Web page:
Friday, 21 March 2014

Hell House by Richard Matheson

December 18, 1970
3:17 P.M.

It had been raining hard since five o'clock that morning.

Scared yet?

Starting a book, a story, a news report, a personal anecdote or even a lie with rain is pointless. Even if the point of your musings was the rain, who would care? Weather like this is small talk, things people say when they have nothing better to say to one another or are trying to get rid of someone by boring them to death. Not the way to begin a story - with mindless drivel or constipated small talk. Yet, there seems to be a built-in automaton in the human psyche that insists most authors start novels with the weather.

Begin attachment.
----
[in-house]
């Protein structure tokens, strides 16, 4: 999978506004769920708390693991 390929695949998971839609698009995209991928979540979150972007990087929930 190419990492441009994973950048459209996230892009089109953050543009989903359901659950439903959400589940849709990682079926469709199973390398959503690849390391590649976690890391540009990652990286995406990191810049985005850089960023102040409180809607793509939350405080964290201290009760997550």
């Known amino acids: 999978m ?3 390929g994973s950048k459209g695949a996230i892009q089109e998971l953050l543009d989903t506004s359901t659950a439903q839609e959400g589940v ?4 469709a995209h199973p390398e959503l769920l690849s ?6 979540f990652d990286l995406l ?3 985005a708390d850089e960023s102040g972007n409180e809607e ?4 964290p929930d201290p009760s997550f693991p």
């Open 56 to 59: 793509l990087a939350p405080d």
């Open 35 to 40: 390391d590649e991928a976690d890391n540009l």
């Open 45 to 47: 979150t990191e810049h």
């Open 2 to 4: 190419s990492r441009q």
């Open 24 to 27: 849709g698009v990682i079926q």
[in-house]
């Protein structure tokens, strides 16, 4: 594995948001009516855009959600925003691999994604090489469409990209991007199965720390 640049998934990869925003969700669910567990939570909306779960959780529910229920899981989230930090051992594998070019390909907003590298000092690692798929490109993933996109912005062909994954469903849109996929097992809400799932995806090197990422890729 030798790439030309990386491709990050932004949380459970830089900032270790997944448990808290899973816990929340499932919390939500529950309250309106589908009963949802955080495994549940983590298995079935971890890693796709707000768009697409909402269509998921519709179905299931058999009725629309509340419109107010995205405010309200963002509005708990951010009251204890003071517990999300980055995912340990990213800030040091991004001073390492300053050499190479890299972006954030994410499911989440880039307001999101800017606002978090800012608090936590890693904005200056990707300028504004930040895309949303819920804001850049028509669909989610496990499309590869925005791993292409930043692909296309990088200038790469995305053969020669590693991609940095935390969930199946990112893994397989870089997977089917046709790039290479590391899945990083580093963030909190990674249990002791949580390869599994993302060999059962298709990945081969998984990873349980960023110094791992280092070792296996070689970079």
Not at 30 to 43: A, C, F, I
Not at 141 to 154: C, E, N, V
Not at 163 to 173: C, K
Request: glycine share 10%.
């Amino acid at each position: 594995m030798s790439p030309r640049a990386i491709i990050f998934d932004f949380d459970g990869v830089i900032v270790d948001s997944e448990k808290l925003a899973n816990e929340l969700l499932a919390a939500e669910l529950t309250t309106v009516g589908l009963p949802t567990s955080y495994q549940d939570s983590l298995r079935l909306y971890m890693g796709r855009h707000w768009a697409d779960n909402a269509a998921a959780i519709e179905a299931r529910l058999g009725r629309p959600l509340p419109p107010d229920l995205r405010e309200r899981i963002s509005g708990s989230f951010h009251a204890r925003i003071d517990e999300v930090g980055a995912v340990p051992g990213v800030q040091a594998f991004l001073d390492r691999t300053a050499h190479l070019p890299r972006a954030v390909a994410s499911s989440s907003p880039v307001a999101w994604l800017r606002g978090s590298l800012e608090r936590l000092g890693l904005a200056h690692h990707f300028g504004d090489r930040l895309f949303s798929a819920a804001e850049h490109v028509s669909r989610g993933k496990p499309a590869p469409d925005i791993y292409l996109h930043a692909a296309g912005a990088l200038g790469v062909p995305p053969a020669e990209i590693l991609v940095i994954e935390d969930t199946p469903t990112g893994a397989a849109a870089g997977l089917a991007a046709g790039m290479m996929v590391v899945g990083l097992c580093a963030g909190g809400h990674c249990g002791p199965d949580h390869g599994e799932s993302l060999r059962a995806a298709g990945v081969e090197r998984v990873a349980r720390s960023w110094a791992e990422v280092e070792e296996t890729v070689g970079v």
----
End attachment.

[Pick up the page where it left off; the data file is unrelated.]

I hesitate to make comparisons, but compare Hell House's opening line to the opening of The Haunting of Hill House by Shirley Jackson:

No live organism can continue for long to exist sanely under conditions of absolute reality; even larks and katydids are supposed, by some, to dream. Hill house, not sane, stood by itself against its hills, holding darkness within; it had stood so for 80 years and might for 80 more.  

The rest of the first paragraph of The Haunting of Hill House only adds to the eerie mood and sense of foreboding and is quite creepy. Hell House on the other hand offers nothing. I mention The Haunting of Hill House only because these two books are somewhat archetypes of the genre, companion pieces in the annals of 'haunted house' literature. Their openings, however, are very different, strikingly so. Side by side, Hell House is without doubt an epic fail.

Next line:

Brontean weather, Dr. Barrett thought.

At least this line has something: a setting and a character.

First thing said:


Verdict: Epic Fail

Theodore Moracht

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